FOX provides extensive support for OpenGL through its FXGLCanvas and FXGLViewer widgets, and FXRuby in turn provides interfaces to those classes. By combining FXRuby with the OpenGL interface for Ruby (described below) you can develop very powerful 3-D graphics applications. This chapter gives you the information you'll need to get started.
OpenGL is a platform-independent API for 2D and 3D graphics. The home page is http://www.opengl.org. Because it's a fairly open standard, highly optimized OpenGL drivers are available for most operating systems (including Windows and Linux).
This extension module, developed by Yoshiyuki Kusano, provides interfaces to not only the basic OpenGL API, but also the GLU and GLUT APIs. As of this writing, the currently released version is 0.32d and is available for download from http://www2.giganet.net/~yoshi/rbogl-0.32d.tgz. Be sure to check the Ruby Application Archive for the latest version of this extension as it is still under development.
Once you've downloaded the tarball, you should extract its contents to the working directory of your choice by typing:
$ tar xzf rbogl-0.32d.tgz
After executing this command you should have a new opengl (not rbogl-0.32b) subdirectory. Change to this directory and then type:
$ ruby extconf.rb
This should create a Makefile configured appropriately for your local Ruby installation. To now build the OpenGL module, type:
You can safely ignore the warning(s) about glut_KeyboardFunc when it's compiling glut.c. Well, I ignore them and it hasn't hurt me yet ;) Assuming you get an otherwise clean build, install the OpenGL extensions by typing:
$ make site-install
Please note that I'm not the maintainer of this particular Ruby extension, so I can't really accept bug fixes for it. But if you're having trouble integrating Ruby/OpenGL with FXRuby, let me know and we'll see what we can do.
An FXGLVisual object describes the capabilities of an FXGLCanvas or FXGLViewer window. Typically, an X server supports many different visuals with varying capabilities, but the ones with greater capabilities require more resources than those with fewer capbilities. To construct an FXGLVisual object, just call FXGLVisual.new:
aVisual = FXGLVisual.new(theApp, VISUAL_DOUBLEBUFFER)
The first argument to FXGLVisual.new is a reference to the application object. The second argument is a set of options indicating the requested capabilities for the visual. If one or more of the requested capabilities aren't available, FOX will try to gracefully degrade to a working GL visual; but if you're counting on a specific capability, be sure to check the returned visual to see if it actually supports that capability. For example, say you request a visual with double-buffering and stereographic capabilities:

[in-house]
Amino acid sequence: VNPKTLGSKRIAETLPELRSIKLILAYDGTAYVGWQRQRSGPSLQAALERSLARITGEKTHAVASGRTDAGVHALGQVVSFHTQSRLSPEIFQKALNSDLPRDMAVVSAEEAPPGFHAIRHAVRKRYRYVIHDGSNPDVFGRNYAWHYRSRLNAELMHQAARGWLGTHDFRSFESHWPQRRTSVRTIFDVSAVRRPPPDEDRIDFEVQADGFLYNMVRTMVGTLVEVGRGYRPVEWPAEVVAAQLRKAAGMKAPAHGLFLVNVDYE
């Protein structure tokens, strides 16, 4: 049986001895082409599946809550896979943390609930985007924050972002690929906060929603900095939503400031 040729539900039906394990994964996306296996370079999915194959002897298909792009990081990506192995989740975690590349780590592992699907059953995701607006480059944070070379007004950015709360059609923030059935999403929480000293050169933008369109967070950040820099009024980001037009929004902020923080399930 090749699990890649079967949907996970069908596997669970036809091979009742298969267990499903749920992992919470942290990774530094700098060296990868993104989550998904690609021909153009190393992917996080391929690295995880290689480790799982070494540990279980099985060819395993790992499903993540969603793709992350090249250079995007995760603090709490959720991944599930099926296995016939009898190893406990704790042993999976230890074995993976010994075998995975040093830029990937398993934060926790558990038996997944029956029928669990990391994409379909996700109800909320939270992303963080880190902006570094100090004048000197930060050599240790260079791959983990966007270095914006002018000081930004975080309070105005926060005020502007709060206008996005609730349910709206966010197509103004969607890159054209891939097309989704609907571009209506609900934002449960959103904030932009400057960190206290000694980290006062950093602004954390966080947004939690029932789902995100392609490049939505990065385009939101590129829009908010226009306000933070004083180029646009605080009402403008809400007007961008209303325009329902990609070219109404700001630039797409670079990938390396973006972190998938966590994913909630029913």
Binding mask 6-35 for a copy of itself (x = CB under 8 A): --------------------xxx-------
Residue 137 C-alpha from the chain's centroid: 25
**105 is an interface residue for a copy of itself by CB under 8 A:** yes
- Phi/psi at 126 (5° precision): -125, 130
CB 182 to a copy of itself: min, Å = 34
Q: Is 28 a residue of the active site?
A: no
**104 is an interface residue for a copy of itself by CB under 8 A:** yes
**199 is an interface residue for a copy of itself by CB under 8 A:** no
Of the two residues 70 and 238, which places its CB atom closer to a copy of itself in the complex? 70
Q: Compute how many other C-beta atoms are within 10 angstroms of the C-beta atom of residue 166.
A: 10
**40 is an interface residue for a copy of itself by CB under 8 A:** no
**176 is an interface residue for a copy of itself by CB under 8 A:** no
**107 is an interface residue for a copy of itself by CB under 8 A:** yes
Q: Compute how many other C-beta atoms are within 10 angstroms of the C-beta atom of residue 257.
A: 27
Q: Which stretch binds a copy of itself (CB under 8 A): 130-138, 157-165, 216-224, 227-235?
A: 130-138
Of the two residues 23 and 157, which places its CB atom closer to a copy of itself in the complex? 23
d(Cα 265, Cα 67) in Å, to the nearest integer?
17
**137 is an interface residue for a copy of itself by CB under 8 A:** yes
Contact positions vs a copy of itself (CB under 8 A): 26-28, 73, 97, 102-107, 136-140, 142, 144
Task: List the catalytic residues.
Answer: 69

anotherVisual = FXGLVisual.new(theApp, VISUAL_DOUBLEBUFFER | VISUAL_STEREO)
Double-buffering is pretty commonplace these days, but stereo may not be available on the system. We can check to see whether the visual we got supports these capabilities by calling the FXGLVisual#doubleBuffered? and FXGLVisual#stereo? methods:
anotherVisual = FXGLVisual.new(theApp, VISUAL_DOUBLEBUFFER | VISUAL_STEREO) if anotherVisual.doubleBuffered? puts "It's double-buffered." else puts "It's single-buffered." end if anotherVisual.stereo? puts "It's stereo." else puts "It isn't stereo." end
Some FXGLVisual object must be associated with every FXGLCanvas or FXGLViewer window, but you don't need to have a separate FXGLVisual object for each window. For most applications, you can just construct a single FXGLVisual object that's shared among all the OpenGL windows.
The FXGLCanvas widget provides a very simple OpenGL-capable window with minimal functionality. To construct an FXGLCanvas, call FXGLCanvas.new:
glCanvas = FXGLCanvas.new(parent, vis)
The first argument to FXGLCanvas.new is the parent (container) widget and the second argument is the FXGLVisual that should be used for this window.
The FXGLViewer widget provides a higher-level OpenGL-capable window with a lot of built-in functionality. To construct an FXGLViewer, call FXGLViewer.new:
glViewer = FXGLViewer.new(parent, vis)
The first argument to FXGLViewer.new is the parent (container) widget and the second argument is the FXGLVisual that should be used for this window.